World Bulletin / News Desk
However, the party did not say whether it had reversed its earlier opposition to a “grand coalition” with Chancellor Angela Merkel’s Christian Democratic Union/Christian Social Union (CDU/CSU).
Following a night of debate between the party’s leaders, SPD Secretary General Hubertus Heil told reporters in Berlin: “The SPD firmly believes that there must be talks. The SPD will not close doors to talks.”
The party, which was a junior partner in Merkel’s previous administration, has remained aloof from negotiations between the CDU/CSU, the left-wing Greens and the pro-business Free Democrats following September’s federal election.
The talks collapsed Sunday, raising fears of a deadlock that could result in a fresh election. Failure to produce a coalition would be a first in the history of the federal republic.
Heil said the SPD would await the outcome of President Frank-Walter Steinmeier’s meetings with the leaders of other parties.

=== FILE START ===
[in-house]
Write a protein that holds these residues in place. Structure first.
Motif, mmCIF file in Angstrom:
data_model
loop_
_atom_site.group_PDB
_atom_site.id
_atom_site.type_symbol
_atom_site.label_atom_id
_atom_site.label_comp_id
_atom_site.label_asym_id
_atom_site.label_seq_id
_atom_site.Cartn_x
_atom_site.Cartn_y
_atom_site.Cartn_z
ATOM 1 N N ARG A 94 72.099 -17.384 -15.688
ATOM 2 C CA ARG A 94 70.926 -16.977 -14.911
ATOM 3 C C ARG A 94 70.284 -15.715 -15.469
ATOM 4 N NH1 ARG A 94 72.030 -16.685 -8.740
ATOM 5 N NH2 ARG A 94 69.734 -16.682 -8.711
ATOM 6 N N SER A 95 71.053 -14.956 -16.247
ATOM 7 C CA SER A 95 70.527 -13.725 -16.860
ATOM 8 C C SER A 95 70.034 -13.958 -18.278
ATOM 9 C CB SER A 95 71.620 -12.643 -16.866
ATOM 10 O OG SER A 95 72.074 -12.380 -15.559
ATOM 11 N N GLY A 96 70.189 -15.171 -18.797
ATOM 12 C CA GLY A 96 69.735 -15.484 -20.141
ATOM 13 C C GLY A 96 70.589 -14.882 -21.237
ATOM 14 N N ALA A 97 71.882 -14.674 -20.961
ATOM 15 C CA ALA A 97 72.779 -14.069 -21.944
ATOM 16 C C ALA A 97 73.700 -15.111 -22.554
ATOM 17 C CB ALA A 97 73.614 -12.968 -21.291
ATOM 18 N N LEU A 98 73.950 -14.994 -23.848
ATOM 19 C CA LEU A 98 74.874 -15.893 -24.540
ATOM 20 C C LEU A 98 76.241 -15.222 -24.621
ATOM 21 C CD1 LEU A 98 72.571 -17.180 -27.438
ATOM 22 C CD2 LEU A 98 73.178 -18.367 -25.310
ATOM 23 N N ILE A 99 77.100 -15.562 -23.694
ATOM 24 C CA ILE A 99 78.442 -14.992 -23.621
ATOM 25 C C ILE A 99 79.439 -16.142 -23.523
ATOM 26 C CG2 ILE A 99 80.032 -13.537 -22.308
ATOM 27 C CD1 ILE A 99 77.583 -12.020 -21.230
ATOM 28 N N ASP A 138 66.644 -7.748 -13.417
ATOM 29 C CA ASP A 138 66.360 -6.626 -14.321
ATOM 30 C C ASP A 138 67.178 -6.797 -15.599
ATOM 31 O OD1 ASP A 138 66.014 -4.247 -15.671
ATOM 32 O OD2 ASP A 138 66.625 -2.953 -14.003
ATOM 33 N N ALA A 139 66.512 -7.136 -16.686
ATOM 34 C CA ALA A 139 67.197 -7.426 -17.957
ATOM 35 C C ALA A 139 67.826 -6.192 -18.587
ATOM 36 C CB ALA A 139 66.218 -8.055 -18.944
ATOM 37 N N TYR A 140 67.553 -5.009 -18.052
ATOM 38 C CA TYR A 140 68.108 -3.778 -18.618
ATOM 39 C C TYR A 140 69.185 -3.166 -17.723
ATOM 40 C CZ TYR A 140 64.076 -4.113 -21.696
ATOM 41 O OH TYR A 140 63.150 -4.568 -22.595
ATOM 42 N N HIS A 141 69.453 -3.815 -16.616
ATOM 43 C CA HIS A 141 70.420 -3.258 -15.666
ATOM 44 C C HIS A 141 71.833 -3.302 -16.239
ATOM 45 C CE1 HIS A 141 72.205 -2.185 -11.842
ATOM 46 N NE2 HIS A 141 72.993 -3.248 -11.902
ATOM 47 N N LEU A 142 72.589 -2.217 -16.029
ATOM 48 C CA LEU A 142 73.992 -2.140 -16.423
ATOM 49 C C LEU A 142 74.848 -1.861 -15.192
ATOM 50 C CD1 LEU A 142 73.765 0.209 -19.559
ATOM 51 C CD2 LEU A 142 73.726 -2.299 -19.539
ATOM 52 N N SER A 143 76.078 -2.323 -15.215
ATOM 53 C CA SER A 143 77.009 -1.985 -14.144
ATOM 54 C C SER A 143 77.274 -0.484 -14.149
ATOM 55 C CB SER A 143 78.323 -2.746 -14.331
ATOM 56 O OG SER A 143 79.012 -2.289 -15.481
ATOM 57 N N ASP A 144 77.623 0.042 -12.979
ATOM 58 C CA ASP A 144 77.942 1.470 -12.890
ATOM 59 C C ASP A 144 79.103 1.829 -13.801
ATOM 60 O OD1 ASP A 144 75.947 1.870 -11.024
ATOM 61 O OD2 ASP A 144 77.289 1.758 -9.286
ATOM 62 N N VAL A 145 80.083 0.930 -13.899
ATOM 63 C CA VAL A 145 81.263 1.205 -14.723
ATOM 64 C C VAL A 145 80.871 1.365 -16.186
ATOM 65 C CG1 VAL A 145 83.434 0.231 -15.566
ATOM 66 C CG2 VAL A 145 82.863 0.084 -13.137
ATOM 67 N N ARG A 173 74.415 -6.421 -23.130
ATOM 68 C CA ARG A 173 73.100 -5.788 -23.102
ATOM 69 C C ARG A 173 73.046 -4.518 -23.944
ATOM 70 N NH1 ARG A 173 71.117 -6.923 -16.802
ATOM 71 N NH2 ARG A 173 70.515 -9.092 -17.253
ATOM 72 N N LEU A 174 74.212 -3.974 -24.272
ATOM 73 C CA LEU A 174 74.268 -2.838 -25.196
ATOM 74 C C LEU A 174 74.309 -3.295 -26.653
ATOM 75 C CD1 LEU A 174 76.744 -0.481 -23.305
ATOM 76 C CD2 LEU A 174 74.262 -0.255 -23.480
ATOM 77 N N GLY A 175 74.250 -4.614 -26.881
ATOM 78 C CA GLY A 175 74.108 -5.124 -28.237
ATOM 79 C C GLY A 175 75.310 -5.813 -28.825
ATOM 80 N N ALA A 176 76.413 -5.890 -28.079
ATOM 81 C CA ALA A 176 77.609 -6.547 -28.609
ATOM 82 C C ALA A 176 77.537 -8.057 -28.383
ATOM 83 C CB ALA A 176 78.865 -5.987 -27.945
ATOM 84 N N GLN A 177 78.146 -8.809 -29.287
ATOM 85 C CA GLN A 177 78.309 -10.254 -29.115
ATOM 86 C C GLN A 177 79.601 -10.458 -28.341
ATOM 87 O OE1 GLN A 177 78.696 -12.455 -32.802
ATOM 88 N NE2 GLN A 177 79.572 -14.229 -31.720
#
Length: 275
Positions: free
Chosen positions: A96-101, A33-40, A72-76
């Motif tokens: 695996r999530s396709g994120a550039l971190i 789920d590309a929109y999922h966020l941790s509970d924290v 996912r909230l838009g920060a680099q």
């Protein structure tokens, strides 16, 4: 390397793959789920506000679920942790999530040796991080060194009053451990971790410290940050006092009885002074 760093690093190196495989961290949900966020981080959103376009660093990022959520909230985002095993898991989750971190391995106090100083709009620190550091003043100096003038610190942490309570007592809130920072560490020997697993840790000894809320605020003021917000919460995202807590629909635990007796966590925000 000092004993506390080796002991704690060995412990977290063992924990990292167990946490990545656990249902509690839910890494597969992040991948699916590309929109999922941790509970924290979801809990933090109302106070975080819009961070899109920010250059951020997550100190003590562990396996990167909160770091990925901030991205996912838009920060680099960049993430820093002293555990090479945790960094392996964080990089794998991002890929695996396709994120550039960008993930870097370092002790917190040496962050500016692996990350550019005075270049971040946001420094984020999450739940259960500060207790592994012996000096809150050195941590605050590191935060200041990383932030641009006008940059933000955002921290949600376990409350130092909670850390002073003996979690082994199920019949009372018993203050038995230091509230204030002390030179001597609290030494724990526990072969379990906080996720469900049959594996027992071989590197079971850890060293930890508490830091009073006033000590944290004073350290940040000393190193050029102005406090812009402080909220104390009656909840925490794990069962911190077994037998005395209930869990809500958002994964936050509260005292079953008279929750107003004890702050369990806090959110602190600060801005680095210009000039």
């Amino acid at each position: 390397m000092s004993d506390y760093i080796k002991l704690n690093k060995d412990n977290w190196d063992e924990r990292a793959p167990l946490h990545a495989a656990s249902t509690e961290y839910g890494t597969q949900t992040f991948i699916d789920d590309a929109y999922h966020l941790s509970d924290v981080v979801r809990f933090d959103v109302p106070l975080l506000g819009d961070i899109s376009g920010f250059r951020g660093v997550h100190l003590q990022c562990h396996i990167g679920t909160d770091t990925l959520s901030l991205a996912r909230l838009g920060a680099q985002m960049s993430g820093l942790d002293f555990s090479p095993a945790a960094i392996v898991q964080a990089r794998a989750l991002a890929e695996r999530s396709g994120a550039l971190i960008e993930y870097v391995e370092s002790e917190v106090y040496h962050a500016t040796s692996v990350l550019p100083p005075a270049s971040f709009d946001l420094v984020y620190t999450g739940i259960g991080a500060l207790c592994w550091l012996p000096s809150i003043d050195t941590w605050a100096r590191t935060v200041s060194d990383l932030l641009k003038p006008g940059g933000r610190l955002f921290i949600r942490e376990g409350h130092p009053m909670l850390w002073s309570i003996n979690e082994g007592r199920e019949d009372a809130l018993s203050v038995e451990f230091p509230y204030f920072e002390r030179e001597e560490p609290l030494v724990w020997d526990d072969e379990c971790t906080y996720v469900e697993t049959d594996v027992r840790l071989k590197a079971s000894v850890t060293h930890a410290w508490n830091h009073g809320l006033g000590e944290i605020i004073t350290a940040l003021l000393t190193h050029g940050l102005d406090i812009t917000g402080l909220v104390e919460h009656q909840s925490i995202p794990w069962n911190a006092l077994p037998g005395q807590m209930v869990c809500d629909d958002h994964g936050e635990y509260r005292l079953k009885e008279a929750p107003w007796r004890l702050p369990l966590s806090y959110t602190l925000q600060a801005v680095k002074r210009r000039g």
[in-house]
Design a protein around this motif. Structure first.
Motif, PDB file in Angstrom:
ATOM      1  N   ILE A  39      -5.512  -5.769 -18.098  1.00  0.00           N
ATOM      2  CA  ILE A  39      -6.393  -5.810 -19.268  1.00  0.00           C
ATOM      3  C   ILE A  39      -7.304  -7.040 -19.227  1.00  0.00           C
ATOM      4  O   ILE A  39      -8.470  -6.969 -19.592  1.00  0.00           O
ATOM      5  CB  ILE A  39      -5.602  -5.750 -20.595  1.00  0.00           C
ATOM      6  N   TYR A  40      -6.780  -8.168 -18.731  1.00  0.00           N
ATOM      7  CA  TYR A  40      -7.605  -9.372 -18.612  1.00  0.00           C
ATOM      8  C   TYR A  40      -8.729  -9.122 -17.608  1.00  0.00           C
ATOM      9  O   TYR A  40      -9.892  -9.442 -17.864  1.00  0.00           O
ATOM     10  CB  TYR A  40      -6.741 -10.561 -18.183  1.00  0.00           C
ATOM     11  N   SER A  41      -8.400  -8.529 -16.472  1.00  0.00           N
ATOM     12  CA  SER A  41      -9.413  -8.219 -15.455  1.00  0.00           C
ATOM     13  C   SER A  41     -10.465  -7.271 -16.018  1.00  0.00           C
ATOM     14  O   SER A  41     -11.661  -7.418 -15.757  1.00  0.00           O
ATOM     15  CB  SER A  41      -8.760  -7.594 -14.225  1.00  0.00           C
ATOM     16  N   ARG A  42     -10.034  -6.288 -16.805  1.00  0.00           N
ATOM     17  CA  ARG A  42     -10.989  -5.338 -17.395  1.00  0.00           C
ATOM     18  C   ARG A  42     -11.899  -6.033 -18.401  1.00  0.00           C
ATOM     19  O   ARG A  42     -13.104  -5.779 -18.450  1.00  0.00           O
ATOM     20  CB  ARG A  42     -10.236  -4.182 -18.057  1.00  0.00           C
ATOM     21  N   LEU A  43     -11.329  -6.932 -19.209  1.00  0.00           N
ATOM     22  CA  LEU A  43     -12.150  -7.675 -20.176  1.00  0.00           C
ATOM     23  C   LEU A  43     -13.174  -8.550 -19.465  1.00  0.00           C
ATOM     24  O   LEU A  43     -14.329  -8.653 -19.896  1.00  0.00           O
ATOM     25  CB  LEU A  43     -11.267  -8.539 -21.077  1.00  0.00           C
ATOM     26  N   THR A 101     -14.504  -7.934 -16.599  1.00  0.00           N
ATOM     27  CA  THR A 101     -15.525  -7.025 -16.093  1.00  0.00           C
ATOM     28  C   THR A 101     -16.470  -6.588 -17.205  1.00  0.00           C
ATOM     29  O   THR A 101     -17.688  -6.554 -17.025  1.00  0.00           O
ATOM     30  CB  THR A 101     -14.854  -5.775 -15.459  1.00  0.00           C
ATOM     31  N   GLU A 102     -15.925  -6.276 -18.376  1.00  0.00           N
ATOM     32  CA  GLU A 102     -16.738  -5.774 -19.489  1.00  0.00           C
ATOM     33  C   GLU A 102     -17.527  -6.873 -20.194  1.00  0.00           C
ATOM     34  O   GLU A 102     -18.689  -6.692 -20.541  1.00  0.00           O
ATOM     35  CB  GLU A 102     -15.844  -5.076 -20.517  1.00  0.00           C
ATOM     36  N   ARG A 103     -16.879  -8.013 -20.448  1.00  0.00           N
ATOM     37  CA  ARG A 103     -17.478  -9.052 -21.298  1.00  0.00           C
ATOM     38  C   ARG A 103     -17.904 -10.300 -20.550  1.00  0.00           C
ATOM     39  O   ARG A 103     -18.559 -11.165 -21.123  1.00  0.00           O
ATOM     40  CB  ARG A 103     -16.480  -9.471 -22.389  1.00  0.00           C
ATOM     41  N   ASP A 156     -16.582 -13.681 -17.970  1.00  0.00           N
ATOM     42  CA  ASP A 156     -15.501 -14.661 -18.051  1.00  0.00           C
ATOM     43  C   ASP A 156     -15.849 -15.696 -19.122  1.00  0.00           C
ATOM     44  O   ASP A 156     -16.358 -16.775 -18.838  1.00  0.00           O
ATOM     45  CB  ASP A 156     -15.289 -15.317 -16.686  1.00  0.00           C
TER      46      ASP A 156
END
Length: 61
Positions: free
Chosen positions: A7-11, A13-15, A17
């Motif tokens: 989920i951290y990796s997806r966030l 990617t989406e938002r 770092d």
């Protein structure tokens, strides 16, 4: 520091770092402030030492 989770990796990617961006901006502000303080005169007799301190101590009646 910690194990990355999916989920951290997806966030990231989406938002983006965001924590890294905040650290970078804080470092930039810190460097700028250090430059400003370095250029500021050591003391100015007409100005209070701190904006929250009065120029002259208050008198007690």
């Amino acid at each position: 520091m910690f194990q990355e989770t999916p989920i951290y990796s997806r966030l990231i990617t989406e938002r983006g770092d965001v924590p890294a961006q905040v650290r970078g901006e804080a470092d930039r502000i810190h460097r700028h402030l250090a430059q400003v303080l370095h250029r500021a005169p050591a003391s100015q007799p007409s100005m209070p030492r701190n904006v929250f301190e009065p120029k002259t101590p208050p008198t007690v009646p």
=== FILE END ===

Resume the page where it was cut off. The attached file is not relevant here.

Steinmeier stepped to break the deadlock after the Free Democrats called off coalition negotiations with the CDU/CSU and the Greens.
On Thursday, Steinmeier met SPD leader Martin Schulz, whose party suffered heavy losses in the Sept. 24 election, to encourage compromise.
Schulz has said the election reflects voters’ opposition to another coalition between Merkel’s conservatives and the SPD.
However, other SPD figures have supported a coalition or backing a minority CDU/CSU government.
Both the CDU/CSU and the SPD were severely weakened in September’s poll and many in the SPD have blamed their poor showing on the party’s membership of the previous coalition.
Although Merkel’s bloc is still the biggest group in parliament, it needs the support of either the SPD or two smaller parties to form a government.